(above) A bucket with hay pellets and soy bean meal. This plus grass hay, alfalfa cubes and pasture is all this horse eats.
Keep It Simple Doc
I hear this all the time from horse owners who feel that in making horse nutrition simple, I have missed the mark. “Just tell me what I need to do.”
The reason for explaining what is going on at the molecular and cellular level is that if you are willing to dig in deep you might feed the horse correctly through understanding, I guess I was wrong. It’s not that people are stupid but rather it is because what I am saying is so different. The brain shuts down because I am asking people to change. Who wants to change especially when there doesn’t appear to be anything wrong. Worse, no one is telling you that there might be a connection between what is wrong with your horse (bad behavior, disease, lame) with what and how you are feeding them (nutrition).
Let’s go for what to do and not discuss the why you should. In a simple 3 step process I will explain how to feed MOST horses. There are some exceptions to this protocol and if you have any questions you should always ask your veterinarian. Some of the exceptions include any disease your horse is being treated for or any unsoundness you are working on. Also foals and seniors or extreme weather conditions bring some extra thoughts. With this in mind, here goes.
Step 1 – Feed only pasture, hay, water. Real salt is OK. Do not feed anything else (treats, carrots, candy, apples, sugar cubes, minerals, electrolytes, grain, grain by-products, etc) other than pasture, hay, water +/- real salt.
Step 2 – Add 1 pound of soybean meal plus about 4 pounds of alfalfa hay for horses weighing between 1000 and 1400 pounds (1200 pounds) after 10 days of no grain. (If you can’t get soybean meal try other sources of good quality protein but you will need to calculate how much to feed based on the percent protein and the bioavailability of the protein).
Step 3 – Write down in a dedicated journal for each horse in a dated format everything you see in your horse before you start this protocol and for the next 2 weeks. Add daily observations then continue with weekly observations out to about 6 months. Write down body condition, top line condition, hoof and hair coat condition, attitude, behavior, fecal consistency, grooming vices, riding difficulties, training difficulties, workout recovery, ability to sweat, and anything else you want.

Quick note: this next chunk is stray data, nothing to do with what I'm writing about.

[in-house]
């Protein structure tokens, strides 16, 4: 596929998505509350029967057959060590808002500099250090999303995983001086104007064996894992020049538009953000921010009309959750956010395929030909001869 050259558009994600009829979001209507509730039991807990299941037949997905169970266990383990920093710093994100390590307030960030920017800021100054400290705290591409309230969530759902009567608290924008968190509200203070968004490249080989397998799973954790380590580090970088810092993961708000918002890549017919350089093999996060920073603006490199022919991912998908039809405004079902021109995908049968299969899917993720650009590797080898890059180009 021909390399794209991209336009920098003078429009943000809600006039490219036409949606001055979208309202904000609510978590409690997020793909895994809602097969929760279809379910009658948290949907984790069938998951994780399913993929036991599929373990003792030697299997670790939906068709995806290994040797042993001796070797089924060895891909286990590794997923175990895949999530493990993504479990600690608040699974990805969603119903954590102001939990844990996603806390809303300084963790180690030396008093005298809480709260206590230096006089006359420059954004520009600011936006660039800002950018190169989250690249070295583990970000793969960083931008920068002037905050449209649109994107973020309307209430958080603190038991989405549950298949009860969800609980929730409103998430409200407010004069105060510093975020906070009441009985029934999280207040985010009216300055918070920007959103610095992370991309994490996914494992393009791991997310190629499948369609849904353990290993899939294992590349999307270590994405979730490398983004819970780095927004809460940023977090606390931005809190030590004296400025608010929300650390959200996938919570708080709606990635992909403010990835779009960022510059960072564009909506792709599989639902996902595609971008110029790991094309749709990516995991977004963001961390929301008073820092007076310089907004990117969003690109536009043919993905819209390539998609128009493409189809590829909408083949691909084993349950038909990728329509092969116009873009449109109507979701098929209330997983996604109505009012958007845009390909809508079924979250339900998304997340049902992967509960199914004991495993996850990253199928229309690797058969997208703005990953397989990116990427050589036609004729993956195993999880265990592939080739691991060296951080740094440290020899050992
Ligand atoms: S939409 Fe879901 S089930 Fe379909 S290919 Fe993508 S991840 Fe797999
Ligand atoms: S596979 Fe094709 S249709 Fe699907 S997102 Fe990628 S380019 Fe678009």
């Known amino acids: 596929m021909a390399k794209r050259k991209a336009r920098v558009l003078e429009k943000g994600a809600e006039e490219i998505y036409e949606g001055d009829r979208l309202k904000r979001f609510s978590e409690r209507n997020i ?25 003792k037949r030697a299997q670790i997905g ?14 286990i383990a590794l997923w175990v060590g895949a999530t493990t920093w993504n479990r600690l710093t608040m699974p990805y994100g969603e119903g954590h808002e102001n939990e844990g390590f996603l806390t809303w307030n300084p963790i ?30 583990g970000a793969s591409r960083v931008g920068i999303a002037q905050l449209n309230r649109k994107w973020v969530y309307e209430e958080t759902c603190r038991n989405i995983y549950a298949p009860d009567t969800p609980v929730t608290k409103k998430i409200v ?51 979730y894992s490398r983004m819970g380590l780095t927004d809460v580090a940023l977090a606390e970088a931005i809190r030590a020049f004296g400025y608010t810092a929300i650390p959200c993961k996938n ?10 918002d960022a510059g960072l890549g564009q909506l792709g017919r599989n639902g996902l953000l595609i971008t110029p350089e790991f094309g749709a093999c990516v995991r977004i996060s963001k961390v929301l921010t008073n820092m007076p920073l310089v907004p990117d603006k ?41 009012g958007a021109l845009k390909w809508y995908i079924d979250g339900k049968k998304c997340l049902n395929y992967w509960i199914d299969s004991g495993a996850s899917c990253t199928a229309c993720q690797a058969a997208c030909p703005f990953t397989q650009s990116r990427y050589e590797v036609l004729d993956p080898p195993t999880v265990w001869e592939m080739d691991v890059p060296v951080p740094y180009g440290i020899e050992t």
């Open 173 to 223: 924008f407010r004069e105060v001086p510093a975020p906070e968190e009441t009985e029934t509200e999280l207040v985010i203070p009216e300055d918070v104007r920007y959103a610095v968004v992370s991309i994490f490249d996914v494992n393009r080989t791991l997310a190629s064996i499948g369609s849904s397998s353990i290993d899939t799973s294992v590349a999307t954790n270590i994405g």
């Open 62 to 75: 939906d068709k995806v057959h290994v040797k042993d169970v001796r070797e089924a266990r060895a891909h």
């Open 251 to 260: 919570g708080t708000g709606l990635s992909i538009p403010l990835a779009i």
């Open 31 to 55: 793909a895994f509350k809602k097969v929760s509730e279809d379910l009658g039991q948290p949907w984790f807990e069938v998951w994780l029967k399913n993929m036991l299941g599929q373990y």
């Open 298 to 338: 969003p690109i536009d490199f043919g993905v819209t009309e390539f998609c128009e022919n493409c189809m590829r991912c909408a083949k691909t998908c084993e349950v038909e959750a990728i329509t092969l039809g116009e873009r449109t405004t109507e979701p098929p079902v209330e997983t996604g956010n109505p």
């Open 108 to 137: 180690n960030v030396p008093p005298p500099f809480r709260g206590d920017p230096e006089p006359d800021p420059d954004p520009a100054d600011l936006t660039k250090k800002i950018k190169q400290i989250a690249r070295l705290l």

It is fun NOT to tell anyone such as your vets, riders, trainers, farriers that you are doing this and wait for them to comment on their own. Sometimes they need a leading question from you but often they offer it without any prompting.
I’m done here because that’s all that needs to be done. Understanding the difference between starch and cellulose, understanding the importance of gut microbes or gut inflammation or understanding what minerals and vitamins are isn’t really necessary. Just trust. After all, the 2 week no-grain challenge is only 14 days. And it doesn’t cost a penny! Most importantly, if it doesn’t work you can always go back to what you were doing – as long as you don’t cheat during the challenge. No treats, supplements, or ANYTHING other than pasture, hay, water and some real salt.
It’s hard to break a habit of feeding a treat to show your love. But if the treat is part of the carbohydrate dependency which leads to mitochondrial exhaustion and protein loss….. oops, sorry. Try feeding 1 or 2 peanuts in the shell or a hay cube instead of the sugar treat.
If this works for you and you want to learn about why it works then you can take the course on Horsemanship Nutrition.
This week I received an email announcing a symposium on lameness in horses. The speakers will be discussing diseases of the connective tissue including laminitis and suspensory ligaments along with diagnostics and therapies. But not one word on nutrition and the importance of protein to the musculoskeletal system was offered in the symposium. My colleagues are looking at fixing rather than preventing.
We are what we eat – and so is your horse. Horses were made to graze on what was available where they lived during the time they ate. With grain only available during a limited time of the year how can we think they need grain every day of the year? And by-products are created because they don’t want to feed it to humans. Horse owners have become their dumping ground. There are no vitamin or mineral deficiencies in horses other than in starvation cases. Feed horses what they created their unique digestive system for – cellulose digestion.
It really is as simple as 1 followed by adding 2 with 3 being the recording of your observations.
Just ask yourself, is what you are doing working? If not, then try something different. Remove things rather than add things. Then be patient as the gut inflammation heals. Then tell others about this. It’s as simple as….